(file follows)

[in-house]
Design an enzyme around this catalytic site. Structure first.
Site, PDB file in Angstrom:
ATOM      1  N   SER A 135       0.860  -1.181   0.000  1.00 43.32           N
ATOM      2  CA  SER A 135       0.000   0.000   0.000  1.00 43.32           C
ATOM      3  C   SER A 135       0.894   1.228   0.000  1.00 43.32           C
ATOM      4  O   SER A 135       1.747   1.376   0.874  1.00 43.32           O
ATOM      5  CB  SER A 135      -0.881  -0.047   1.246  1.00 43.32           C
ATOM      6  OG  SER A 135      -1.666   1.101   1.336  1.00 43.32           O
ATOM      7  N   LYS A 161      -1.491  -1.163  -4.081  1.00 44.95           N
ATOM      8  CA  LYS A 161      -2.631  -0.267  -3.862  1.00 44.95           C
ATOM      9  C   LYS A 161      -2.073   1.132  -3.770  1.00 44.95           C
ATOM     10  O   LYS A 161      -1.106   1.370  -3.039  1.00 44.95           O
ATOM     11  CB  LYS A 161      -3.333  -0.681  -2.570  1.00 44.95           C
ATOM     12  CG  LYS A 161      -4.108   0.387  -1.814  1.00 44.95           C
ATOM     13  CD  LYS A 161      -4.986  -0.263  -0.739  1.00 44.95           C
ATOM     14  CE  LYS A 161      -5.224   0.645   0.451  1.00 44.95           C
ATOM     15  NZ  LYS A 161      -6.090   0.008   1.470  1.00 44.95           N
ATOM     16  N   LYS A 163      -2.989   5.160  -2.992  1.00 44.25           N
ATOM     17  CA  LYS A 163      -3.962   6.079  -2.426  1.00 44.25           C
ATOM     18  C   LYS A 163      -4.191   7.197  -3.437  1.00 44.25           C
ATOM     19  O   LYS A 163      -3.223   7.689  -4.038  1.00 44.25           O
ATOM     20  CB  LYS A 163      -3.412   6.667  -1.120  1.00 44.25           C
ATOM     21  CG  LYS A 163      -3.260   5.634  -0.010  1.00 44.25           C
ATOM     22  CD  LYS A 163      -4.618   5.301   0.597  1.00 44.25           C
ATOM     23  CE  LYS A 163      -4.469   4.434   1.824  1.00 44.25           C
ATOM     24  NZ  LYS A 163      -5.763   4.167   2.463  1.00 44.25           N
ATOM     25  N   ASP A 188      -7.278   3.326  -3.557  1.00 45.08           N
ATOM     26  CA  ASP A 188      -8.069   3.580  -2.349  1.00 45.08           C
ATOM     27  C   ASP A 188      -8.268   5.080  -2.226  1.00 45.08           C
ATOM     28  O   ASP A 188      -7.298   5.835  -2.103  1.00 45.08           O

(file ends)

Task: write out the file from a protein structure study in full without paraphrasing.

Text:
[in-house]
Design an enzyme around this catalytic site. Structure first.
Site, PDB file in Angstrom:
ATOM      1  N   SER A 135       0.860  -1.181   0.000  1.00 43.32           N
ATOM      2  CA  SER A 135       0.000   0.000   0.000  1.00 43.32           C
ATOM      3  C   SER A 135       0.894   1.228   0.000  1.00 43.32           C
ATOM      4  O   SER A 135       1.747   1.376   0.874  1.00 43.32           O
ATOM      5  CB  SER A 135      -0.881  -0.047   1.246  1.00 43.32           C
ATOM      6  OG  SER A 135      -1.666   1.101   1.336  1.00 43.32           O
ATOM      7  N   LYS A 161      -1.491  -1.163  -4.081  1.00 44.95           N
ATOM      8  CA  LYS A 161      -2.631  -0.267  -3.862  1.00 44.95           C
ATOM      9  C   LYS A 161      -2.073   1.132  -3.770  1.00 44.95           C
ATOM     10  O   LYS A 161      -1.106   1.370  -3.039  1.00 44.95           O
ATOM     11  CB  LYS A 161      -3.333  -0.681  -2.570  1.00 44.95           C
ATOM     12  CG  LYS A 161      -4.108   0.387  -1.814  1.00 44.95           C
ATOM     13  CD  LYS A 161      -4.986  -0.263  -0.739  1.00 44.95           C
ATOM     14  CE  LYS A 161      -5.224   0.645   0.451  1.00 44.95           C
ATOM     15  NZ  LYS A 161      -6.090   0.008   1.470  1.00 44.95           N
ATOM     16  N   LYS A 163      -2.989   5.160  -2.992  1.00 44.25           N
ATOM     17  CA  LYS A 163      -3.962   6.079  -2.426  1.00 44.25           C
ATOM     18  C   LYS A 163      -4.191   7.197  -3.437  1.00 44.25           C
ATOM     19  O   LYS A 163      -3.223   7.689  -4.038  1.00 44.25           O
ATOM     20  CB  LYS A 163      -3.412   6.667  -1.120  1.00 44.25           C
ATOM     21  CG  LYS A 163      -3.260   5.634  -0.010  1.00 44.25           C
ATOM     22  CD  LYS A 163      -4.618   5.301   0.597  1.00 44.25           C
ATOM     23  CE  LYS A 163      -4.469   4.434   1.824  1.00 44.25           C
ATOM     24  NZ  LYS A 163      -5.763   4.167   2.463  1.00 44.25           N
ATOM     25  N   ASP A 188      -7.278   3.326  -3.557  1.00 45.08           N
ATOM     26  CA  ASP A 188      -8.069   3.580  -2.349  1.00 45.08           C
ATOM     27  C   ASP A 188      -8.268   5.080  -2.226  1.00 45.08           C
ATOM     28  O   ASP A 188      -7.298   5.835  -2.103  1.00 45.08           O